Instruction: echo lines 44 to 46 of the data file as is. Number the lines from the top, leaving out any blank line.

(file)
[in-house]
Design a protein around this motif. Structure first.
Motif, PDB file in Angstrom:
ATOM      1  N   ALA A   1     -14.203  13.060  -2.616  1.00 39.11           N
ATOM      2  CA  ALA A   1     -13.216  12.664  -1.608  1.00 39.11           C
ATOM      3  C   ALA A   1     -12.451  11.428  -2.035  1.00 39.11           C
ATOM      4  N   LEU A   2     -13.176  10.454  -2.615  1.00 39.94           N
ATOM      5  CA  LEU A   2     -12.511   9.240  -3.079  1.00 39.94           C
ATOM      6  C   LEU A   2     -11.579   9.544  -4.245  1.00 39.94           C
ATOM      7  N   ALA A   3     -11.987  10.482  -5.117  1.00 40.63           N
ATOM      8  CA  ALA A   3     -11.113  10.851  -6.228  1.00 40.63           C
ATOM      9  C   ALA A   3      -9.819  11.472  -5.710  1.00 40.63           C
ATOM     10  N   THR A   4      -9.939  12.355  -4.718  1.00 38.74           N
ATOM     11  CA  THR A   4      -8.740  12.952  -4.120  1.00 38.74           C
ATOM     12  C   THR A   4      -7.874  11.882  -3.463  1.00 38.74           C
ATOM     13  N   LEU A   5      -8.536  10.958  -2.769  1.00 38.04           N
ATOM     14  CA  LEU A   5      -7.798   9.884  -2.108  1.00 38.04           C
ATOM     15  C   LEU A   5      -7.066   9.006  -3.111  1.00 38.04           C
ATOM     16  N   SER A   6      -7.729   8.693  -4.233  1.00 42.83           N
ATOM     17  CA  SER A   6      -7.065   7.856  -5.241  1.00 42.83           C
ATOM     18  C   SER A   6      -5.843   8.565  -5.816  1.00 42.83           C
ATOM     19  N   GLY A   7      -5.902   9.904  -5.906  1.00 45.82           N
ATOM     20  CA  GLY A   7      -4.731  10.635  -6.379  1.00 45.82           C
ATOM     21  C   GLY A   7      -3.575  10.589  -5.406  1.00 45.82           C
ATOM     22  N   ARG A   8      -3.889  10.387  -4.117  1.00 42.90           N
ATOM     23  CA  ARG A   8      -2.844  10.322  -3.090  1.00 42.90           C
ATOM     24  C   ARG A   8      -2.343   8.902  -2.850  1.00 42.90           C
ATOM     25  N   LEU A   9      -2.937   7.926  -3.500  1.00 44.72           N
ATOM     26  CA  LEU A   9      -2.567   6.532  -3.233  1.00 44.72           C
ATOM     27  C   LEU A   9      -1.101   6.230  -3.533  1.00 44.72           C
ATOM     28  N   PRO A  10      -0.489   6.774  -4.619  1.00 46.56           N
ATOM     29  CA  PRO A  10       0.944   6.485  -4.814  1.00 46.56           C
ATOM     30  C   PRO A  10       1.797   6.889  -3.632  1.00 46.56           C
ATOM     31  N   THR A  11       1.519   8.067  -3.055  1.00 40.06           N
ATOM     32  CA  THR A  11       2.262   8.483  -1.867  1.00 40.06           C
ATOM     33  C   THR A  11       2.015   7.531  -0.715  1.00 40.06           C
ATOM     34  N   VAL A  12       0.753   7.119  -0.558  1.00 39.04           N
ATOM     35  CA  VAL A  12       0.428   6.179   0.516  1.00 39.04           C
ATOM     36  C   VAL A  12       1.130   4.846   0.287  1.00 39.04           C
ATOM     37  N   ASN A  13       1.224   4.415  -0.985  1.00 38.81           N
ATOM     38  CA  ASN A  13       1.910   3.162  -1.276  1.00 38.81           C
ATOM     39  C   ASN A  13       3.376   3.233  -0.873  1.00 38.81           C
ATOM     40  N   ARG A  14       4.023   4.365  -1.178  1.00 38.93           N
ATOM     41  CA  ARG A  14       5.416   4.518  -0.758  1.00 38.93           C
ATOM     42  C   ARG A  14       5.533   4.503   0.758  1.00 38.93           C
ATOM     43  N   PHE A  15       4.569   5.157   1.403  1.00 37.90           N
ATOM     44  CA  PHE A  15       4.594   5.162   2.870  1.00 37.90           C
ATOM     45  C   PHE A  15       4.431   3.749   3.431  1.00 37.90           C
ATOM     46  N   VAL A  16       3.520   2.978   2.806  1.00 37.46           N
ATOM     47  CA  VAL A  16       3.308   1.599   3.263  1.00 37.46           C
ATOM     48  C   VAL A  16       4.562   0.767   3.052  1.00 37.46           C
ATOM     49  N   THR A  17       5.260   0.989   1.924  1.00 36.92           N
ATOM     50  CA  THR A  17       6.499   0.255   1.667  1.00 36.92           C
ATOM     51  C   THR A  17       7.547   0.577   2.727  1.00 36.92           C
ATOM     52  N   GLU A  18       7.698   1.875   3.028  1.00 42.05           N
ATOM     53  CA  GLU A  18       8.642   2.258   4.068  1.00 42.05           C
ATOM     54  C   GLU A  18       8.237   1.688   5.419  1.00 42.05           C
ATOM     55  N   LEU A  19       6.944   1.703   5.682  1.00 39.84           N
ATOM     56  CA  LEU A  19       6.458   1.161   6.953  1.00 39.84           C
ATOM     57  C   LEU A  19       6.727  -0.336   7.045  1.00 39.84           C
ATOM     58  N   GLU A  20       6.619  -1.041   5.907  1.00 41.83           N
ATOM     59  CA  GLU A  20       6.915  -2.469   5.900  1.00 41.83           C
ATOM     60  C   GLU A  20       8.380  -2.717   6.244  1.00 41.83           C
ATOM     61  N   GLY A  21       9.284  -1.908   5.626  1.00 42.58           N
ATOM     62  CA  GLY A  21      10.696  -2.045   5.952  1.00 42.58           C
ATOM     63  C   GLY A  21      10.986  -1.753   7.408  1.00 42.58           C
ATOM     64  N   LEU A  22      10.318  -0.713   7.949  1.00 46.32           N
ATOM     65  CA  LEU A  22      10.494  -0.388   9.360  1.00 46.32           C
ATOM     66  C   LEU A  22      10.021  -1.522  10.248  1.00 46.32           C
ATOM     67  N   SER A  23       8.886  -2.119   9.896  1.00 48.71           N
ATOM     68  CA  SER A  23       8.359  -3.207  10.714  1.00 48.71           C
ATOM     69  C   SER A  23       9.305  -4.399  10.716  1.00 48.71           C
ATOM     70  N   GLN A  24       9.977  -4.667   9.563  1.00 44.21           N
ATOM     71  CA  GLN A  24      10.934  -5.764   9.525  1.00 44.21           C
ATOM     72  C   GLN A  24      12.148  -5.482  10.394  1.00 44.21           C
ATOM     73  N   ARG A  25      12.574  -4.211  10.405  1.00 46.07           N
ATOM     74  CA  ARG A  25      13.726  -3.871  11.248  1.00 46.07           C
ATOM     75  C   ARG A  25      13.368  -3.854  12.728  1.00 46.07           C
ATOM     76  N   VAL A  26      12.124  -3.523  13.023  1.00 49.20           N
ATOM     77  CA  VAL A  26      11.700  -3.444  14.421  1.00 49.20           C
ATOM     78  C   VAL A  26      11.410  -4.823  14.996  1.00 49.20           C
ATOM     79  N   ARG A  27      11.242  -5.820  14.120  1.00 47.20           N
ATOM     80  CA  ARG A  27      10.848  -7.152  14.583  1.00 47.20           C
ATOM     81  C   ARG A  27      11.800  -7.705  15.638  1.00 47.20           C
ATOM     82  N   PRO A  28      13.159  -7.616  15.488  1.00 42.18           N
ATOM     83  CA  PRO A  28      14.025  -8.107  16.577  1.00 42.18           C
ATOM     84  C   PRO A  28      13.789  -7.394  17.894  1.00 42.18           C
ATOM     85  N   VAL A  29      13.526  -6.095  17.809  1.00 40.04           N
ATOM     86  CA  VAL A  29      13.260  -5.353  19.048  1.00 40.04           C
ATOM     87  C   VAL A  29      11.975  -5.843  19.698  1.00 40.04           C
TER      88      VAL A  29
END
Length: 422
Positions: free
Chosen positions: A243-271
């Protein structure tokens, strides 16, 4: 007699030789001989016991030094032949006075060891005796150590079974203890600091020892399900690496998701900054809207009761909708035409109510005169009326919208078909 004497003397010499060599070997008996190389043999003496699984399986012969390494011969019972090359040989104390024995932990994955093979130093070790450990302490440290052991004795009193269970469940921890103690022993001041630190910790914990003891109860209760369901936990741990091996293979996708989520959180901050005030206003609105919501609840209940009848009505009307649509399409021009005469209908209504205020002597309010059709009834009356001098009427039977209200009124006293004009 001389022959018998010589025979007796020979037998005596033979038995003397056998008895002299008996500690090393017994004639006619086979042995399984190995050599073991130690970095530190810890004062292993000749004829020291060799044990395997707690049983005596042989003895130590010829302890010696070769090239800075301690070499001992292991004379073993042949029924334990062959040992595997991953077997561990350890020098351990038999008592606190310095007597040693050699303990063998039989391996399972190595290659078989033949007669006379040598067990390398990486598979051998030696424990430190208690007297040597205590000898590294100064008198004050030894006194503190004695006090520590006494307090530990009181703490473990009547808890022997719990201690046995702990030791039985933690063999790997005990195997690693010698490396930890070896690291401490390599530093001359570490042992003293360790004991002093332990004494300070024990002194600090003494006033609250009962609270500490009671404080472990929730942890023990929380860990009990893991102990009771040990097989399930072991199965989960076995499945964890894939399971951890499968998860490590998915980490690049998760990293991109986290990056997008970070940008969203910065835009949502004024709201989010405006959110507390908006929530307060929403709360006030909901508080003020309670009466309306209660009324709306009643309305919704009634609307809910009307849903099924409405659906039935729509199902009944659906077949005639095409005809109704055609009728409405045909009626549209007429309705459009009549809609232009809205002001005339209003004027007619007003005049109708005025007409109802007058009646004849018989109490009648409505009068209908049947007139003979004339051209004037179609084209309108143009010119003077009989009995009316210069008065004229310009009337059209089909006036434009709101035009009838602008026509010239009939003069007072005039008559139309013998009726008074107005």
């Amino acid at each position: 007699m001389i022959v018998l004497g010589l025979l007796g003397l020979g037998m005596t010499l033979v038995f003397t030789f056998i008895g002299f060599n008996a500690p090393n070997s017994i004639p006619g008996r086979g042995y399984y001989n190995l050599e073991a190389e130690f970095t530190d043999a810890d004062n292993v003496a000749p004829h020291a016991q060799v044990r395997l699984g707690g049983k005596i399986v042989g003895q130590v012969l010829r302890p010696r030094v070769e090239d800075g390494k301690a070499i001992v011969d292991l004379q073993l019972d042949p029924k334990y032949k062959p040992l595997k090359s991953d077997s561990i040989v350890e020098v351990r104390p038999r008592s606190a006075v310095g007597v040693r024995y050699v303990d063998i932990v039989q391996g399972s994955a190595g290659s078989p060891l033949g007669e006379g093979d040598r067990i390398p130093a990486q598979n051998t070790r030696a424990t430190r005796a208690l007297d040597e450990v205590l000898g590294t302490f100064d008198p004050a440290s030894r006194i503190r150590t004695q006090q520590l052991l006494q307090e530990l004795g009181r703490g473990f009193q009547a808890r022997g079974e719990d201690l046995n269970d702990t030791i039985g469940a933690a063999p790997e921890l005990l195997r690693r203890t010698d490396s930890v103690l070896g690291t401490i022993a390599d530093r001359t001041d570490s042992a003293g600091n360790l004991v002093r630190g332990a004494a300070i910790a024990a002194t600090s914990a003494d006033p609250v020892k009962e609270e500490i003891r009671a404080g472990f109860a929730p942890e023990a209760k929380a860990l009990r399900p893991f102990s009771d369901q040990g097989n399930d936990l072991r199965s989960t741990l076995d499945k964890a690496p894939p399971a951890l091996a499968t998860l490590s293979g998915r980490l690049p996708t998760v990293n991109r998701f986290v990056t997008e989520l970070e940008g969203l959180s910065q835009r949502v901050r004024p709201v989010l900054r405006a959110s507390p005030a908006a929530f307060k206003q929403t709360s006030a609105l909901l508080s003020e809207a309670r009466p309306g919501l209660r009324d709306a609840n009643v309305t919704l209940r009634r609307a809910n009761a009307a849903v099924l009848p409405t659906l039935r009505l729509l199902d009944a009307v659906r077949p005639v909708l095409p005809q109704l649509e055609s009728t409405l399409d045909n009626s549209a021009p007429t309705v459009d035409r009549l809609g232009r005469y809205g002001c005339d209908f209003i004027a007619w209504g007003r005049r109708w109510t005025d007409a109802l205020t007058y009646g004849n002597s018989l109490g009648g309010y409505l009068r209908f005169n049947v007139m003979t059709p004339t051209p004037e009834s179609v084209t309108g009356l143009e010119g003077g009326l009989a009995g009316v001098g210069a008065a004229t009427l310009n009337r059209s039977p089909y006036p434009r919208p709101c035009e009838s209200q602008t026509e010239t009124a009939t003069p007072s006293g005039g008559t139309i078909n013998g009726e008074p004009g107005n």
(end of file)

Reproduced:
ATOM     41  CA  ARG A  14       5.416   4.518  -0.758  1.00 38.93           C
ATOM     42  C   ARG A  14       5.533   4.503   0.758  1.00 38.93           C
ATOM     43  N   PHE A  15       4.569   5.157   1.403  1.00 37.90           N